Building Trades

Laborers Say Waste Equity Bill Is Job Kill!

February 18, 2015
By Marc Bussanich

New York, NY—The Teamsters Joint Council 16, along with environmental and community-based groups, rallied at City Hall last week to provide support for Councilmember Antonio Reynoso’s legislation that would equalize garbage disposal among different communities throughout the city. But the Laborers say the legislation, Intro. 495, is a job killer.

As last week’s presser unfolded, streams of Laborers from Local 108 held up placards with a strikethrough the number “495,” showing their displeasure for the bill. In the accompanying video, we interviewed Mike Hellstrom, Local 108’s business manager, to find out why the union opposes Intro. 495.

“We currently represent about 300 people in the industry working in the transfer stations throughout the five boroughs of New York City. We see Intro. 495 as a job killer,” said Hellstrom.

One of the objectives for the proponents of the legislation is to provide relief for three communities—North Brooklyn, the South Bronx and Southeast Queens—from receiving the bulk of the city’s garbage via truck before being shipped out for disposal. Hellstrom said that the Laborers don’t oppose that objective, but don’t like the idea that the bill would reduce their headcount.

“We don’t disagree with the idea that people should have the ability to live in good, clean and sustainable communities. But any legislation that is proposed in the city of New York that would kill one good union job, we have to stand up and defend our members’ interests,” Hellstrom said.

He noted that the development of more marine transfer stations to transport the city’s waste to its final destination is one way to reduce the burden on the aforementioned communities, although the reaction to the plan to place a marine transfer terminal at 91st Street in Manhattan shows its fraught with controversy.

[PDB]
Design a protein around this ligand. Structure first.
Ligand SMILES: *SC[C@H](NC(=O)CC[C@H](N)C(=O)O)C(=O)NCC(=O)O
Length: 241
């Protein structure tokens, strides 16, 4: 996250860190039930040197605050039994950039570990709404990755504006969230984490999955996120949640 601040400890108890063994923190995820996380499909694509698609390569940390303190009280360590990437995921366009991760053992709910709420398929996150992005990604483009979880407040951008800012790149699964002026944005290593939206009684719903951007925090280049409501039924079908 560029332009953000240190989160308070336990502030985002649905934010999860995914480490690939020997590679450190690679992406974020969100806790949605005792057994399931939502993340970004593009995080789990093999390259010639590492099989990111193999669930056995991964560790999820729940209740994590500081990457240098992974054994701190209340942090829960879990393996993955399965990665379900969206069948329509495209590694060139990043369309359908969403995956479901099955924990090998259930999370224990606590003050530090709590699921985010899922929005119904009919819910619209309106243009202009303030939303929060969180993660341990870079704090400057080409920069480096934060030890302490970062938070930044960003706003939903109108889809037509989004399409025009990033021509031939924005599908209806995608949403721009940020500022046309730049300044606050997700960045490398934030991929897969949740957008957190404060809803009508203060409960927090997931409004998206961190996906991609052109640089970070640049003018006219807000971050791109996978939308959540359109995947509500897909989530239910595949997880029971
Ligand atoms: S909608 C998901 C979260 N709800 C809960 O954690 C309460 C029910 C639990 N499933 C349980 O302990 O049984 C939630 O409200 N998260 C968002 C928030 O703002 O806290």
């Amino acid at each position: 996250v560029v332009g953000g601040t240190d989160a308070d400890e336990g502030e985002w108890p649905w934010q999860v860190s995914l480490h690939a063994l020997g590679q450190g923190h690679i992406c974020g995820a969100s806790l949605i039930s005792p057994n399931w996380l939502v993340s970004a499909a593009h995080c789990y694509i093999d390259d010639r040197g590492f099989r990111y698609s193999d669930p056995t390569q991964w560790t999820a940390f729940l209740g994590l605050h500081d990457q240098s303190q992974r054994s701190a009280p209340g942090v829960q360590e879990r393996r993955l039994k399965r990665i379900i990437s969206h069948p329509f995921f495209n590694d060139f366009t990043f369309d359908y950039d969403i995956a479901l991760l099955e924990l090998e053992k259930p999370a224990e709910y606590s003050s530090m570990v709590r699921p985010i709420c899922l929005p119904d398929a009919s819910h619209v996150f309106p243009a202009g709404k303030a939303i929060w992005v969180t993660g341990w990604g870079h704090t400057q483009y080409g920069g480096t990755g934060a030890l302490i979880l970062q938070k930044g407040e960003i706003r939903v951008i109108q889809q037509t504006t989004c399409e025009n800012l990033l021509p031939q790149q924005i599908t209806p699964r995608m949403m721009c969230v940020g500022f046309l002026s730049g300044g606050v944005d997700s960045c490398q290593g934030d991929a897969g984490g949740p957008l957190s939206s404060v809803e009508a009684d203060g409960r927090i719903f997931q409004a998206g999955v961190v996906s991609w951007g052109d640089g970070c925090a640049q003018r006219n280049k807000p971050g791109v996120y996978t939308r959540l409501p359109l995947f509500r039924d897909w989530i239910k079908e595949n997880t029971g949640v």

“The creation of [more] marine transfer stations would alleviate 6,000 tons per day from residential trash that is currently going to privately-run transfer stations around the city. Once that comes online, I think in the industry as a whole both the public and private sectors can look at how trash flows through the city and come up with a more comprehensive way of dealing with a problem that has been around for 25 years, since the closure of the Fresh Kills landfill.”

The Laborers are a little bit angry that the Teamsters are saying that they are responsible for hauling New York City’s trash, but according to Hellstrom, both the Laborers and Teamsters were expected to meet on Tuesday afternoon to hash out their differences.

“The good part is that we both have mature leaderships. We are very hopeful that in the coming moments that we will meet with our counterparts in the Teamsters and talk honestly about our [respective] roles in the industry. I’m hopeful that once we acknowledge [those] roles and one side isn’t trying to undo the hard work of the other side, we can come together and move forward together the way labor should move forward together to ensure that our members and the communities our members live in are being protected,” said Hellstrom.


February 17, 2015

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